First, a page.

The course of Germany’s political life took a lame twist on the night of 2 January 1976, when, dressed as fishermen, members of the Verfassungsschütz (Federal Ministry for the Defense of the Constitution), at the urging of the Bundesnachrichtendiesnt (German Federal Security Service), installed in a hut standing at the edge of the woods outside of Overath-Marialinden by Cologne – the hut where Klaus Traube was lodging – a battery-operated transmitter about the size of a five-mark coin. The bugging operation carried the code name, “Object Müll.” At the time, the governing coalition in Germany was a fairly paranoid, 100% proponent of nuclear energy, and government authorities suspected that Traube – the executive director at Interatom heading the SNR 300 nuclear reactor project – had contacts with terrorists and leftist political organizatons. The accusations turned out to be completely bogus, and in 1978, once news of the illegal surveillance operation captured headlines, Bundesinnenminister (German Secretary of State) Werner Maihofer was forced to step down from his cabinet position.
For Klaus Traube, the bugging incident revived brutal memories. At the age of seventeen, shortly before the end of WWII, he had been freighted to a concentration camp by the Nazis. Although Traube has never gone so far as to trace any similarities between the practices of the Hitler regime and those of the post-Krieg government in Bonn, he does harbor an extreme dislike for secret services. He relates, “After the bugging episode, my social outlook took a big turn to the left.”
Still, if Klaus Traube were to write a short portrait about himself today, he would “leave out all that old junk,” instead devoting the space to his fresh work on such themes as “automobile mania” and the “nuclear power phase-out.”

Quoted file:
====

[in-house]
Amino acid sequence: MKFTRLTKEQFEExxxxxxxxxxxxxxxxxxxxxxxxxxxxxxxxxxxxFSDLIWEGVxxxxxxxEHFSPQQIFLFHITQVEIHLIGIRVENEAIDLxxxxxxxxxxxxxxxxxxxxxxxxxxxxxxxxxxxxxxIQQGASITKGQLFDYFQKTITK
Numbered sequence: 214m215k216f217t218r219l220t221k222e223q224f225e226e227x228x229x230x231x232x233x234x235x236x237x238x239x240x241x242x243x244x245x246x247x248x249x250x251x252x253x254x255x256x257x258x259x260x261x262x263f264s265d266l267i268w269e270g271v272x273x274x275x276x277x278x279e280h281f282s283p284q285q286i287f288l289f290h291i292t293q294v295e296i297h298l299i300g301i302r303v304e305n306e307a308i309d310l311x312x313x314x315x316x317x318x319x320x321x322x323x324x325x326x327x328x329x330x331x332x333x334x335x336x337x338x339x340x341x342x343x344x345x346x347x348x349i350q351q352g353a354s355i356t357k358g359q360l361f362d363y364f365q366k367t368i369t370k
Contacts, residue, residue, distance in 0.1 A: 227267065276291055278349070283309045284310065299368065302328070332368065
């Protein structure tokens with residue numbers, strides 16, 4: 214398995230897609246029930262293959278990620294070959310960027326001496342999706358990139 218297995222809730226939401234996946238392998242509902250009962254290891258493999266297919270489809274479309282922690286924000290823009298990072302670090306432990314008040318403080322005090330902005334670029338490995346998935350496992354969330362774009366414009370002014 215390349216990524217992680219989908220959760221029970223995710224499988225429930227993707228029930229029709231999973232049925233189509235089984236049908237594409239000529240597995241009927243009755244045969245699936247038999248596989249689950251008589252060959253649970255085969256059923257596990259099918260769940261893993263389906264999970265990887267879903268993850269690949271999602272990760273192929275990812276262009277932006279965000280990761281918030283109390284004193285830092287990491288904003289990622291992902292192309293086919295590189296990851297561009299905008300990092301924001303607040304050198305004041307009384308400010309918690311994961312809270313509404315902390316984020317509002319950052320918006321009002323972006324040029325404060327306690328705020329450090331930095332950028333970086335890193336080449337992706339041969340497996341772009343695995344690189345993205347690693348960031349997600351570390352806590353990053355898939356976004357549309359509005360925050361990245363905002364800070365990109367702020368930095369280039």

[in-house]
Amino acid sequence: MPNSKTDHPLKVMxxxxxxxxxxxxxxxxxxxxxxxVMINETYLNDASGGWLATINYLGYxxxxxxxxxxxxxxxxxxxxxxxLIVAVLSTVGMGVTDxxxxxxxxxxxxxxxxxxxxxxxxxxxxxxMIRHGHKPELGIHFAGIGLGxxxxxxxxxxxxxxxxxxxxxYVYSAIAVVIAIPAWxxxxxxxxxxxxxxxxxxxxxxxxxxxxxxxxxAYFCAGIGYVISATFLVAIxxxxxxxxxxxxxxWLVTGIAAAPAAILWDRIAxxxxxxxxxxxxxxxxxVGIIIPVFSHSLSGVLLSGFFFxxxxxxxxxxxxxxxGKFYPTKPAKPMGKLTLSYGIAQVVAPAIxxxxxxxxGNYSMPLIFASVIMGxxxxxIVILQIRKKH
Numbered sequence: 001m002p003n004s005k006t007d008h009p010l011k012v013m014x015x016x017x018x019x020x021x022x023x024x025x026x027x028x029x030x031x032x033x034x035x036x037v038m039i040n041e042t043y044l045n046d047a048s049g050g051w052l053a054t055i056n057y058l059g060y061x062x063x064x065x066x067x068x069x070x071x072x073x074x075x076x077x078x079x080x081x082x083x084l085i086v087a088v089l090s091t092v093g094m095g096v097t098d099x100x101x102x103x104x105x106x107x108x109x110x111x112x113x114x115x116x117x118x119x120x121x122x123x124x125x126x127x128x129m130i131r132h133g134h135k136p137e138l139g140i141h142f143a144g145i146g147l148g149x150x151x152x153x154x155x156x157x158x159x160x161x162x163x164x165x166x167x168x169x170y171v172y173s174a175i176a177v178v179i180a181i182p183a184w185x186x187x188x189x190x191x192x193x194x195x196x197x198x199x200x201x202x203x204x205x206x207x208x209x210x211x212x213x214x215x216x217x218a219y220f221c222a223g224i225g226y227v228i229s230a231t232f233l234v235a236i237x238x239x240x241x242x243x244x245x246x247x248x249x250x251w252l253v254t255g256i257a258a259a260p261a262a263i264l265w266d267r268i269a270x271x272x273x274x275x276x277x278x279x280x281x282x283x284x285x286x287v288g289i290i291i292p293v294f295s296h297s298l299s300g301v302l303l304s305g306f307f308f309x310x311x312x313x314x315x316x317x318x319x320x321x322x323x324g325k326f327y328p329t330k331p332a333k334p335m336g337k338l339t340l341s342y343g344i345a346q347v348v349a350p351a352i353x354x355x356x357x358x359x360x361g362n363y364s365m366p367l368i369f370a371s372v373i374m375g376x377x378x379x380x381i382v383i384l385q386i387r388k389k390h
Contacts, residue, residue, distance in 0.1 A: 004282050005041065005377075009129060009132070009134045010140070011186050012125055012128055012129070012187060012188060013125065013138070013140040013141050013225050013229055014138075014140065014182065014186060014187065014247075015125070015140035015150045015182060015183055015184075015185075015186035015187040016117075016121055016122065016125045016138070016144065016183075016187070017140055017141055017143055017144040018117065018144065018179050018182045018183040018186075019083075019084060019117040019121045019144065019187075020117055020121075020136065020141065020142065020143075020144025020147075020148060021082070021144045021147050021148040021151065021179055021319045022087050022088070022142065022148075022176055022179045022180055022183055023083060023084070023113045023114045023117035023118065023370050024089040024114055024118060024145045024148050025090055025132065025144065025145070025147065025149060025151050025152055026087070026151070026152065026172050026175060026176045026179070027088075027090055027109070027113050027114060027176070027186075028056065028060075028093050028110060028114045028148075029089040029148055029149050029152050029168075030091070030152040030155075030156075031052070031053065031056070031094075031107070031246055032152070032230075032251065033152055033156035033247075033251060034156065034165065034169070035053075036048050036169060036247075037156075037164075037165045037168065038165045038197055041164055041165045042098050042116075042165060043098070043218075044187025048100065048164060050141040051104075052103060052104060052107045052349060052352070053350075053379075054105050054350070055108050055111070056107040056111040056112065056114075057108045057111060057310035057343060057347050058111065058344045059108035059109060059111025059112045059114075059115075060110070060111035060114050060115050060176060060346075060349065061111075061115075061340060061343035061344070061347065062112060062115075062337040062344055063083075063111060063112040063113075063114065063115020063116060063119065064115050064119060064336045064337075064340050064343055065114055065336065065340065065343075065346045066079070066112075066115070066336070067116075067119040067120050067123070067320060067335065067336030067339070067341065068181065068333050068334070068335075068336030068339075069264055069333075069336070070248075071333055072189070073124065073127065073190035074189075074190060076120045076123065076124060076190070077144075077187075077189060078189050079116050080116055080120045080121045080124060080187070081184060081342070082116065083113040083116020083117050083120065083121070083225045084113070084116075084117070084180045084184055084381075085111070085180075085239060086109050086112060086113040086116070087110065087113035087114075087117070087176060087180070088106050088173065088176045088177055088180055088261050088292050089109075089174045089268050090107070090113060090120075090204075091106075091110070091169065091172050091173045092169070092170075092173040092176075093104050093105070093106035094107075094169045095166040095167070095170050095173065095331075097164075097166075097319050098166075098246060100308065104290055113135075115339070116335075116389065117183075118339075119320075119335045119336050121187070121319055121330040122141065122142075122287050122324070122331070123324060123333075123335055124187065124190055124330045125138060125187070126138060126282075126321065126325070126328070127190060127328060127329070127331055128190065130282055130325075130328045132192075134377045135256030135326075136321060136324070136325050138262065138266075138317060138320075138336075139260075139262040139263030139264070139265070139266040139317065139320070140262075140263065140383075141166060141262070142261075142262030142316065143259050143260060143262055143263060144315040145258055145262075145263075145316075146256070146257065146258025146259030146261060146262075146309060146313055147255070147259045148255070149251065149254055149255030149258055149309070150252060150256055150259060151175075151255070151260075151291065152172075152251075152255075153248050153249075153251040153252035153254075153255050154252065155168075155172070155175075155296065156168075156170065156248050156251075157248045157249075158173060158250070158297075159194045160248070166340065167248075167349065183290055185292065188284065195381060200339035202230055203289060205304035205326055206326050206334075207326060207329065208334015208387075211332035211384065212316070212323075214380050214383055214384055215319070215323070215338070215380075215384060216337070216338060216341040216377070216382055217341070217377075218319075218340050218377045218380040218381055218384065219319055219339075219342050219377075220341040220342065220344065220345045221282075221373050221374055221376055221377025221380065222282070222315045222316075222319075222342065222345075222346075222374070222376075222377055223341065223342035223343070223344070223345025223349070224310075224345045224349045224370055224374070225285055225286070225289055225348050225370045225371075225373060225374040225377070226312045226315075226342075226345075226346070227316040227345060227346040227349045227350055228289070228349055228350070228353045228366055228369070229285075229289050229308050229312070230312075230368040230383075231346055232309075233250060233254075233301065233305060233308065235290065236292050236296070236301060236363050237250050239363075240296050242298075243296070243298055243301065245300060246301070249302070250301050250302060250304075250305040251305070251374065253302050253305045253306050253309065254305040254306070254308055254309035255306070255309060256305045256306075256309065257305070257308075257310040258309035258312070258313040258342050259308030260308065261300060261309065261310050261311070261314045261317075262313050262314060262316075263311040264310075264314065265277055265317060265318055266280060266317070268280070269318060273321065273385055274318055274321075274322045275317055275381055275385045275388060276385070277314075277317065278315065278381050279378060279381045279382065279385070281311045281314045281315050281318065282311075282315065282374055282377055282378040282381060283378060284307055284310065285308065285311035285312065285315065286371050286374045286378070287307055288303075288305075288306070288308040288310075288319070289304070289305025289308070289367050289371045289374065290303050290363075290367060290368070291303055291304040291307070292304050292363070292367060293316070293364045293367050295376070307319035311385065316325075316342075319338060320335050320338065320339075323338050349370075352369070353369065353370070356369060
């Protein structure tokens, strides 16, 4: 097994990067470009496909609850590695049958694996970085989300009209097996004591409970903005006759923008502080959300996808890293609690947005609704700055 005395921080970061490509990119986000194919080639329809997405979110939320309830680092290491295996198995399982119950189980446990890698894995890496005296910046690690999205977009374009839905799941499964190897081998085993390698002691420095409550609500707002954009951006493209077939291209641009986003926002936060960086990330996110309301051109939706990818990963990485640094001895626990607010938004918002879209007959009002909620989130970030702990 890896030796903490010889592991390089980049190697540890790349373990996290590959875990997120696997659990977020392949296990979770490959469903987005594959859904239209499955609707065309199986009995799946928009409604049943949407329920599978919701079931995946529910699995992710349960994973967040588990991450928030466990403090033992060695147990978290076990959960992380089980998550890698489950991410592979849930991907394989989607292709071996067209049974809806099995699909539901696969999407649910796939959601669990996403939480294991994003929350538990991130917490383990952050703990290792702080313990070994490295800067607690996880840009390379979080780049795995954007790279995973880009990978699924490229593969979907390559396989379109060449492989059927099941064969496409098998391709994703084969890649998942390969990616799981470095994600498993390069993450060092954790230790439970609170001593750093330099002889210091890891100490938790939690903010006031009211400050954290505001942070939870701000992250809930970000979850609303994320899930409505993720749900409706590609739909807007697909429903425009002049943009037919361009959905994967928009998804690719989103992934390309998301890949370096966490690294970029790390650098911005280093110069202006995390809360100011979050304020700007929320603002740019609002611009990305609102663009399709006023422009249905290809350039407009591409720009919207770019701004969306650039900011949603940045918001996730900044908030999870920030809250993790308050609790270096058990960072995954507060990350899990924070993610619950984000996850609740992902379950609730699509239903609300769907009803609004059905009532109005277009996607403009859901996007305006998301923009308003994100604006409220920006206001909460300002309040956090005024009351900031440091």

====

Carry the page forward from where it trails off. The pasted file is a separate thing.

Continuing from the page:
“After the bugging episode, my social outlook took a big turn to the left.”
But we have chosen this other course, for “the making of Professor T.” is a part of the history of the German Federal Republic, to be located under the subchapter: “West Germany’s Ecological Crisis.”
Before becoming a director at Interatom, Klaus Traube had been employed as a nuclear reactor specialist at both AEG in Germany and at General Dynamics in San Diego. Following the bugging incident, he became the Director of the Institute for Communal Energy Economy at the University of Bremen (from 1990 to his retirement in 1997), where he championed energy solutions that neither made use of nuclear fuel nor used fossil fuels to any excess. His large scope of publications range from accounts of energy use price models, to “Growth or Asceticism,” to “Phase-out Scenarios,” to the “Plutonium Economy,” to “Chernobyl and its Consequences,” and finally to “Auto Traffic 2000.” More than 40 technical/scientific articles have secured Traube’s reputation as a scientist, making him one of the energy sector’s most valuable information resources. His analysis of CO2 pollution was used as the official scientific reference by the German parliament.
Today, Klaus Traube maintains that the Red/Green German coalition, during the nuclear phase-out talks, is much too ready to make compromises. But to his mind it is even more scandalous how the coalition so easily accommodates the notions of Gerhard Schröder, “the Chancellor of Cars,” and allows German automobile makers every excess of horsepower and drivers on the Autobahn every ecstasy of speed.
Klaus Traube’s long anger has remained young due to the ecological deafness of the majority of parliamentarians. The horror vision of a “nuclear state,” one that dismisses all democratic rights in order to shelter a dangerous and inhumane technology – this horror vision, which he and his friend and colleague, Robert Jungk, saw looming on the horizon, has thankfully not become a reality. This triumph has many reasons. Today, we can honor and shake hands with one of them.
English translation: Craig Reishus